I didn't notice until afterward how it looks like I'm doing two thumbs-up here. Call it subconscious, but I am pretty stoked about my efforts on this self-drafted silk bomber jacket with raglan sleeves:
The fabric is from Chic Fabrics (225 W 39th Street, # 11). I loved it so much (a subtle print with rows safety pins and needles!) so I really splurged: I bought three yards at $15/yard. (Susan from the blog Moonthirty bought the remainder of the roll and I really can't wait to see what she does with it.).
The lining I had on hand and the waistband, neckband, cuffs and welts are sewn in a lovely Italian ponte I bought at Metro Textile (265 W 37th St # 908) for $6/yard. The zip is from SIL Thread (257 W 38th St # 1). Please, nobody tally up what this bomber jacket cost me; me-made is priceless, right? (RIGHT!?).
Anyway, after spending so much on fabric, I decided to sew my purse shut and draft my own darn pattern, working from a hoodie pattern I had created a while back. (I had my eye on the Rigel Bomber by Papercut Patterns and another by Burda. Though I liked elements of each, I couldn't afford the Rigel and was put off by a few bad experiences with Burda's insufficient instructions).
Following the instructions in "The Art and Science of Patternmaking and Grading by Professor Harry Greenberg & Professor Leonard Trattner, it only took one failed draft for me to get the raglan sleeve seaming and fit just right. I opted for a dropped neckline similar to the Rigel though not quite so low. I hate feeling choked by my jacket collar — but I still don't want to expose whatever top I have on underneath! This neckline scoop is my Baby Bear's porridge: just right. So let's see how it looks open:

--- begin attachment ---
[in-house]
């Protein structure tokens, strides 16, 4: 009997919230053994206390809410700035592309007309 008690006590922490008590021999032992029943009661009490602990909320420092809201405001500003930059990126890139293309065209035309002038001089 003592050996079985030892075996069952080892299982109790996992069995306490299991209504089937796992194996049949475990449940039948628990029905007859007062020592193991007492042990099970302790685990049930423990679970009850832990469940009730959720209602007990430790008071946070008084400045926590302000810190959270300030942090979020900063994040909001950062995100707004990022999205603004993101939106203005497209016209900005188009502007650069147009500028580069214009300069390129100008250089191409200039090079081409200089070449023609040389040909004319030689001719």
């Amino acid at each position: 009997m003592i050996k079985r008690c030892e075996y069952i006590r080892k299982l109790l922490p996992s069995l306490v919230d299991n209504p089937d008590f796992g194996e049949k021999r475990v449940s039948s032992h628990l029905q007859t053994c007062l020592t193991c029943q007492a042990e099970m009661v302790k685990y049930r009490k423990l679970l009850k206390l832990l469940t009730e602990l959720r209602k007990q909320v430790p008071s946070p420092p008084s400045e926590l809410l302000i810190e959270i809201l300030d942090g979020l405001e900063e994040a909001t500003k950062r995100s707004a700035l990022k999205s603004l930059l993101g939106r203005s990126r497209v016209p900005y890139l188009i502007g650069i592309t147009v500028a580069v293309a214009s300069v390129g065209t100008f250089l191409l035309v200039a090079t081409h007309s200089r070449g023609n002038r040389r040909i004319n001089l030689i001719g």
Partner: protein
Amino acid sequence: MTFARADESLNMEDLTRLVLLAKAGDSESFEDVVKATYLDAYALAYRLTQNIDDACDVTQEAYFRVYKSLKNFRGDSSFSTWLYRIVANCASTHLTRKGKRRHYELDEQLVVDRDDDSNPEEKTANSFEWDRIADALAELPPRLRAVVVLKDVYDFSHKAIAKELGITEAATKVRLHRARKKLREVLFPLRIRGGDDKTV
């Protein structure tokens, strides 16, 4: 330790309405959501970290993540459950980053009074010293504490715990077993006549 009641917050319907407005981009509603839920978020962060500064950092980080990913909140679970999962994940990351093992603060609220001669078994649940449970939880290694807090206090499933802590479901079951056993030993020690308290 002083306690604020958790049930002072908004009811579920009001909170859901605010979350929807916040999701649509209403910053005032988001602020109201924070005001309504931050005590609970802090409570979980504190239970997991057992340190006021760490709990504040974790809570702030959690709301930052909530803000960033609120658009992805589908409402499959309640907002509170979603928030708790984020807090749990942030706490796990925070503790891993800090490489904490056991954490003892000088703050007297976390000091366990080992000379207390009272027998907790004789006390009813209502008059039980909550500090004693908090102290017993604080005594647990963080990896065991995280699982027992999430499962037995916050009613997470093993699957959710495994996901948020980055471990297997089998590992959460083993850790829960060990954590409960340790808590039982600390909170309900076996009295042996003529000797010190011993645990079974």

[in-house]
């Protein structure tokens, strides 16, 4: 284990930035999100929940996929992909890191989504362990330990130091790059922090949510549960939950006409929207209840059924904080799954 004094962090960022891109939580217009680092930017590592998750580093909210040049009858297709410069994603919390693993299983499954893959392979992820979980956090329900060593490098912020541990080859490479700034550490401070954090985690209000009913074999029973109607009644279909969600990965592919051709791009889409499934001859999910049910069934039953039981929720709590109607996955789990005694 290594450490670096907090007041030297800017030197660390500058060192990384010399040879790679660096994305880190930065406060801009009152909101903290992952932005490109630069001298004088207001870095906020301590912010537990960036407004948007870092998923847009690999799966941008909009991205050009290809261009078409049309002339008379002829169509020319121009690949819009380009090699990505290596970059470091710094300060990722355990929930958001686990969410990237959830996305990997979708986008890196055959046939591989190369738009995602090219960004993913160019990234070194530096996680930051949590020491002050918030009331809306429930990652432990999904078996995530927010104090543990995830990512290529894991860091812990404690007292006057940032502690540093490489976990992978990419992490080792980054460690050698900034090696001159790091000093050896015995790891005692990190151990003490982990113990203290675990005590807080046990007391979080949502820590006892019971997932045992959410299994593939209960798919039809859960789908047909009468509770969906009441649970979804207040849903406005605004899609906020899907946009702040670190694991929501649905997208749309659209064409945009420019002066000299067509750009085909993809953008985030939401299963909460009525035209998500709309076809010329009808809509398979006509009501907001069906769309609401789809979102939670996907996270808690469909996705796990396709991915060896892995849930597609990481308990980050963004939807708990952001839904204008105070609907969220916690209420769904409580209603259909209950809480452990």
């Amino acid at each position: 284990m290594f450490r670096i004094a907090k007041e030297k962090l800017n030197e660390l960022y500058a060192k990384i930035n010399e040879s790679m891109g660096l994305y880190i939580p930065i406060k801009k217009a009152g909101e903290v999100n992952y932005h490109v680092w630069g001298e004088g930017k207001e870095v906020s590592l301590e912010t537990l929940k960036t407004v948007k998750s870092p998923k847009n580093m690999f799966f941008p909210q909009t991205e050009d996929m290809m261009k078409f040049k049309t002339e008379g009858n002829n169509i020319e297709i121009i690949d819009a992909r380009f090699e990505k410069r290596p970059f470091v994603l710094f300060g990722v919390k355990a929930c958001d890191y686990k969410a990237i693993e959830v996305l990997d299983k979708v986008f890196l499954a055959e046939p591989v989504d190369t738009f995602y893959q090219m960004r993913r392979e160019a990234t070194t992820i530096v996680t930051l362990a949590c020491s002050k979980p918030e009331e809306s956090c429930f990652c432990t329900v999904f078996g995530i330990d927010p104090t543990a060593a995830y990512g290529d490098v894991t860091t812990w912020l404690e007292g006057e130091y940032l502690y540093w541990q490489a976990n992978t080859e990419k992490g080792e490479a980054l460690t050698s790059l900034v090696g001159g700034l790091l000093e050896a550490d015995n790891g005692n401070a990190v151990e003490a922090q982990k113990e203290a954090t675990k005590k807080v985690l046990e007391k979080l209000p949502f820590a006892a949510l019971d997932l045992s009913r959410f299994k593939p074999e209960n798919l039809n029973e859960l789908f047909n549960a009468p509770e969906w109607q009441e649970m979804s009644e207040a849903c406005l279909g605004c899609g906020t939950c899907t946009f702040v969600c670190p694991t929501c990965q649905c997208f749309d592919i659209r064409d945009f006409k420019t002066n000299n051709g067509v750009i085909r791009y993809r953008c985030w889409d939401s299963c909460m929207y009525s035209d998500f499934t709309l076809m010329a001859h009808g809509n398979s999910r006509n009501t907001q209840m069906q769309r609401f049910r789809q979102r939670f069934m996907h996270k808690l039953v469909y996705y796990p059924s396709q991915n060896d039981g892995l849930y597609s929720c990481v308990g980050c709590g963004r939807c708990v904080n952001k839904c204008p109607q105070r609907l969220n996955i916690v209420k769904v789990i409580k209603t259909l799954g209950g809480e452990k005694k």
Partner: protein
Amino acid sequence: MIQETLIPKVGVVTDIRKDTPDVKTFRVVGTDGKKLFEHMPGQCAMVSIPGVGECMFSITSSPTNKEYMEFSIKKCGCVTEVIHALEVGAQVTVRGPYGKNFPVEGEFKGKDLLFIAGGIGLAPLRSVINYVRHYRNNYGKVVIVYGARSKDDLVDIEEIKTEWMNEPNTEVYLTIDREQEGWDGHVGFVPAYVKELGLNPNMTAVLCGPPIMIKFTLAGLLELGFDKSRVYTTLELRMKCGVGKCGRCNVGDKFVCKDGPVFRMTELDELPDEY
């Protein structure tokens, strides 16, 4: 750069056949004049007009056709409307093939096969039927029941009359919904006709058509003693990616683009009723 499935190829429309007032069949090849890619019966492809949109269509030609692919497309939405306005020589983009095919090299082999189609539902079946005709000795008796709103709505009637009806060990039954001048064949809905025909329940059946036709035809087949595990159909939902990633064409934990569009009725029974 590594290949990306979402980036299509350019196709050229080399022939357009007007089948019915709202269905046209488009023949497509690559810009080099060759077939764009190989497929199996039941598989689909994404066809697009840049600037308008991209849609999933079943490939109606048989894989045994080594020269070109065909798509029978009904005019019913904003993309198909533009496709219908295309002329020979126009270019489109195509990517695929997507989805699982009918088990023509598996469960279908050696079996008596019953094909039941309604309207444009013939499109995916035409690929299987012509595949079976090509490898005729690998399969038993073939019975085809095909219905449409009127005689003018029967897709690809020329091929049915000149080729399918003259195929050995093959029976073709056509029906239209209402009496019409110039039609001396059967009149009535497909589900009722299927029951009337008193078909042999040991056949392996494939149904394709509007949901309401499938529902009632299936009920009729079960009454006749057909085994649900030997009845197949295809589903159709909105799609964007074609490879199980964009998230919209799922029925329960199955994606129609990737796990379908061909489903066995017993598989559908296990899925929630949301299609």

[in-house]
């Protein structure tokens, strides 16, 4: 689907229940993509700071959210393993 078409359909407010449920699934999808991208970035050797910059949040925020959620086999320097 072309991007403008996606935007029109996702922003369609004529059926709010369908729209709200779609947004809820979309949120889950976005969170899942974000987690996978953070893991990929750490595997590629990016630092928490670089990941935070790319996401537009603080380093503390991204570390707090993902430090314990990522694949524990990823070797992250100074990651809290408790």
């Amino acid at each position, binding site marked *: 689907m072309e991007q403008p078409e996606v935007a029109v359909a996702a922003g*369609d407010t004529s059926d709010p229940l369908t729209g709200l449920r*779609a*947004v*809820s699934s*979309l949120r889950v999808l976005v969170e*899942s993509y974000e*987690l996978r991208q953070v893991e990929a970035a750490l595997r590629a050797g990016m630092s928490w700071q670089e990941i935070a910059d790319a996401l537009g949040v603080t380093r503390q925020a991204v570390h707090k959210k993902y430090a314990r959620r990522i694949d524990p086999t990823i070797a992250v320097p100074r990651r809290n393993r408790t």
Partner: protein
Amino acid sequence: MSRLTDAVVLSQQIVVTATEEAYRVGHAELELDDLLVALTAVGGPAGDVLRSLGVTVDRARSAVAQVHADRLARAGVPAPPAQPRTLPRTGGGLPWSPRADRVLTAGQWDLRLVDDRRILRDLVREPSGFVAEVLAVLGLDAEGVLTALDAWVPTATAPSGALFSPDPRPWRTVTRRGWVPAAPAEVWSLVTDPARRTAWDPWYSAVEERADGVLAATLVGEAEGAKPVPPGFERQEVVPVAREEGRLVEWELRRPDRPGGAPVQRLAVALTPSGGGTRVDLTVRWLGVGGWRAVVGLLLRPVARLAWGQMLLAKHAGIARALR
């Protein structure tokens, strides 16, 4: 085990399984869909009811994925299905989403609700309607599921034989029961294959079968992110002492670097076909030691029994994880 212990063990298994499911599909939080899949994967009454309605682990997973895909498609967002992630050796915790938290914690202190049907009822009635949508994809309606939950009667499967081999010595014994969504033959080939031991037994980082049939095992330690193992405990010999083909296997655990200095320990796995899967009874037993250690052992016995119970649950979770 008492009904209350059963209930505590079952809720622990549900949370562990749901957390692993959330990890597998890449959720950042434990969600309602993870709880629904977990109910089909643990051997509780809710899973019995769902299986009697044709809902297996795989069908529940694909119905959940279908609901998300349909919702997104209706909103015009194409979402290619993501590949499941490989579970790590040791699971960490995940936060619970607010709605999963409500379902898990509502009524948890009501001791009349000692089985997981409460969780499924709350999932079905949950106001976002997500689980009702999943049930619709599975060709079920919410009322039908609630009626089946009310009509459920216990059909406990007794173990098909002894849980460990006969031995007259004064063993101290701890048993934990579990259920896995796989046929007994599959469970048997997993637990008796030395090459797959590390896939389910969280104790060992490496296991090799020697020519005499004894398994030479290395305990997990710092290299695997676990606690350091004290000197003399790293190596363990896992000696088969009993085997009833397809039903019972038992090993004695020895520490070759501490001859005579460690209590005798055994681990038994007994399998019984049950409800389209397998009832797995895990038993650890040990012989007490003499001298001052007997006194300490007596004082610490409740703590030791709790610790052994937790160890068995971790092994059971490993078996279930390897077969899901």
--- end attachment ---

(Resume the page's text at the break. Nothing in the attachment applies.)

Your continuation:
I love how the curved neckline matches up with the top of this tank when the bomber is unzipped.
I know... you want to see the innards. I lined the whole thing with yet more silk. I handstitched the lining to the outer jacket because by that point things were going so well....and I didn't want to risk botching it up!
My new silk bomber has already proven to be ultra wearable — so wearable I wore it thrice before I managed to make time with my husband/photographer for a photo shoot. So wearable it already has tea and yogurt on it. So wearable....I am considering wearing it again tomorrow.
Have you ever taken a fancy fabric and turned it into something suitable for every day wear? Tell me about it!